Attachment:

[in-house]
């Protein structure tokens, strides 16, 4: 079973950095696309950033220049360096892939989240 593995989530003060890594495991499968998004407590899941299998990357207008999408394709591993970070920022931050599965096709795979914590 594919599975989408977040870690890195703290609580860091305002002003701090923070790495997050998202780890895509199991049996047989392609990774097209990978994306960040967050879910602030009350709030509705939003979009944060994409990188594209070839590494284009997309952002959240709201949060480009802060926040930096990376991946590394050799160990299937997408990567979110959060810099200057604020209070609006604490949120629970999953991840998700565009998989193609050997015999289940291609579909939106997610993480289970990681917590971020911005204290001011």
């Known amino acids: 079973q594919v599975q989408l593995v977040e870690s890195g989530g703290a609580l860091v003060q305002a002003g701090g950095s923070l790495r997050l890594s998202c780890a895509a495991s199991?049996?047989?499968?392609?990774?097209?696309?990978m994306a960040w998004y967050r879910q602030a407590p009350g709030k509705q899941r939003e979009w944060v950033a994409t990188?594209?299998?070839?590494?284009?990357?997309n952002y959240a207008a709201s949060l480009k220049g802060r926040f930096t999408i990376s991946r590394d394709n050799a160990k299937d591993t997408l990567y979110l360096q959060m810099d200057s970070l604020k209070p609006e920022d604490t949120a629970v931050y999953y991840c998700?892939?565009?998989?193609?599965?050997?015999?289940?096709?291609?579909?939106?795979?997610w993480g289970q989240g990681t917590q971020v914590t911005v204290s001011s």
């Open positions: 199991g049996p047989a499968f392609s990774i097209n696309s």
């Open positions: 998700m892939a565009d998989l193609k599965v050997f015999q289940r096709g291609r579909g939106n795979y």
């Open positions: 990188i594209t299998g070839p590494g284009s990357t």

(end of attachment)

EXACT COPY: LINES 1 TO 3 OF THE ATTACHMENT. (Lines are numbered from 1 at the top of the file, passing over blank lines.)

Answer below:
[in-house]
């Protein structure tokens, strides 16, 4: 079973950095696309950033220049360096892939989240 593995989530003060890594495991499968998004407590899941299998990357207008999408394709591993970070920022931050599965096709795979914590 594919599975989408977040870690890195703290609580860091305002002003701090923070790495997050998202780890895509199991049996047989392609990774097209990978994306960040967050879910602030009350709030509705939003979009944060994409990188594209070839590494284009997309952002959240709201949060480009802060926040930096990376991946590394050799160990299937997408990567979110959060810099200057604020209070609006604490949120629970999953991840998700565009998989193609050997015999289940291609579909939106997610993480289970990681917590971020911005204290001011």
């Known amino acids: 079973q594919v599975q989408l593995v977040e870690s890195g989530g703290a609580l860091v003060q305002a002003g701090g950095s923070l790495r997050l890594s998202c780890a895509a495991s199991?049996?047989?499968?392609?990774?097209?696309?990978m994306a960040w998004y967050r879910q602030a407590p009350g709030k509705q899941r939003e979009w944060v950033a994409t990188?594209?299998?070839?590494?284009?990357?997309n952002y959240a207008a709201s949060l480009k220049g802060r926040f930096t999408i990376s991946r590394d394709n050799a160990k299937d591993t997408l990567y979110l360096q959060m810099d200057s970070l604020k209070p609006e920022d604490t949120a629970v931050y999953y991840c998700?892939?565009?998989?193609?599965?050997?015999?289940?096709?291609?579909?939106?795979?997610w993480g289970q989240g990681t917590q971020v914590t911005v204290s001011s």